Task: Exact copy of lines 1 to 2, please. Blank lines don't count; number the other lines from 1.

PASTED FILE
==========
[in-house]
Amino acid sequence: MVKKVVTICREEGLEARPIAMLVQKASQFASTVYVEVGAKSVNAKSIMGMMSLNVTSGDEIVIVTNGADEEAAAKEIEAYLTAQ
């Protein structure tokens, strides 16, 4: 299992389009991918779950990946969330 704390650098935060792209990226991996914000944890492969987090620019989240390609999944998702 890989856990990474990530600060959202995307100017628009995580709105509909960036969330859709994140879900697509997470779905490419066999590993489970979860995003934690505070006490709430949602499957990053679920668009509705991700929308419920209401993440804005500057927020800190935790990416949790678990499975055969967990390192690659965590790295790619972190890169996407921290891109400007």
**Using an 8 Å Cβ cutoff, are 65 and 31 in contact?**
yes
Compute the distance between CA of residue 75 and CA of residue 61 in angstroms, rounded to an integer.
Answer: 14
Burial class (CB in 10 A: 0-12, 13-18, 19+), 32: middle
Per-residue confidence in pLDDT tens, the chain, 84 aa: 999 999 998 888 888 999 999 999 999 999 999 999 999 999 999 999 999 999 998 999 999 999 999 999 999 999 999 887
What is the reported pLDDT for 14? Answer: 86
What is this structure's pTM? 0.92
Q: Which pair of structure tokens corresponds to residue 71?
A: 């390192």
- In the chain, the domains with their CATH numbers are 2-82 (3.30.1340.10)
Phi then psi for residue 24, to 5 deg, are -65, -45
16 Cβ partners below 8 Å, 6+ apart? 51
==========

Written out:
[in-house]
Amino acid sequence: MVKKVVTICREEGLEARPIAMLVQKASQFASTVYVEVGAKSVNAKSIMGMMSLNVTSGDEIVIVTNGADEEAAAKEIEAYLTAQ